Opioid Prescription and Usage in Adolescents Undergoing Orthopaedic Surgery in the United States: A Systematic Review
The proper use of opioid analgesia for postoperative pain management is controversial. While opioids are considered the standard of care for multimodal postoperative pain modulation in the United States, there is a lack of established protocols for prescribing opioids in adolescents undergoing outpatient orthopaedic surgery. The objective of this review was to identify and report on current literature on opioid prescription for pain management in adolescents undergoing all procedures, as well as in adults undergoing outpatient orthopaedic surgery.Methods:
A comprehensive literature search using PRISMA guidelines was performed to identify all articles relevant to opioid use in adolescents for postoperative pain and in adults following outpatient orthopaedic procedures.Results:
A total of 4,446 results were identified from databases and relevant journal web sites. Of these, 9 articles were selected that fit the criteria for review. Five studies discussed the dosage and type of opioids prescribed in adolescent populations, and 4 quantified patient self-administration in adult populations.Conclusions:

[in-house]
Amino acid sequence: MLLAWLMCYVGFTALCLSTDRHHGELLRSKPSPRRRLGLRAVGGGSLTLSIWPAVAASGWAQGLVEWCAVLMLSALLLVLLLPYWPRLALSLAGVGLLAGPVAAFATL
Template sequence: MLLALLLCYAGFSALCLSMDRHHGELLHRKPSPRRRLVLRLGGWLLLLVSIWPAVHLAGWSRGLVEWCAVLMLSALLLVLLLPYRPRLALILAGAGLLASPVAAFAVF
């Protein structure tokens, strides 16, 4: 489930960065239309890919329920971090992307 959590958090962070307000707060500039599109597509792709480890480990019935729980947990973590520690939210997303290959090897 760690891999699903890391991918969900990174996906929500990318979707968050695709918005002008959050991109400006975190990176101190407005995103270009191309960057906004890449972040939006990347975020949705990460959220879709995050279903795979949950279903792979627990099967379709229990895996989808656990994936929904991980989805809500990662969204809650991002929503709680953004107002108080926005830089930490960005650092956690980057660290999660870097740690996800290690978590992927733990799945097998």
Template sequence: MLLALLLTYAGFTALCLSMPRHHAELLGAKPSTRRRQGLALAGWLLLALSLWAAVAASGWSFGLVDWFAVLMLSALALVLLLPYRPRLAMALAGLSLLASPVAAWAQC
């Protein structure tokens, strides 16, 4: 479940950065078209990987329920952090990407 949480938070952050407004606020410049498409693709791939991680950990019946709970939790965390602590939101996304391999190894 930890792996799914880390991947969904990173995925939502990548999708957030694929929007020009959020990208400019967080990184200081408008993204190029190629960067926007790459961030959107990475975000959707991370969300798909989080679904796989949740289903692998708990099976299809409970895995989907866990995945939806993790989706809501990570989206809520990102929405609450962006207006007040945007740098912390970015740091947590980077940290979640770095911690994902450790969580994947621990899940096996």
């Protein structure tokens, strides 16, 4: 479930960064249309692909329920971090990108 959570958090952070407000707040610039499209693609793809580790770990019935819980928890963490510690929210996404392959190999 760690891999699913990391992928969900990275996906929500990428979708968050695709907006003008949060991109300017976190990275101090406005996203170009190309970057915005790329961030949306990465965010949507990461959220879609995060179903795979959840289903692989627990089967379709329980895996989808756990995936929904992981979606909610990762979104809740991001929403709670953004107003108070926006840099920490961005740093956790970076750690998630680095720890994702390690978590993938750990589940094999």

Adolescent opioid pain management following outpatient orthopaedic surgery is not documented. Current recommendations for opioid prescription in adolescents lack support and are primarily based on adult dosages. Adult studies suggest that opioid medications may be overprescribed following outpatient orthopaedic surgery. These results clearly indicate that there is a pressing need for quantitative research on pain management following outpatient orthopaedic surgery in the adolescent population in the United States.Clinical Relevance:
There appear to be no studies on self-administered opioid pain medication following orthopaedic surgery in an adolescent population, suggesting that there is no objective basis for the current prescription recommendations.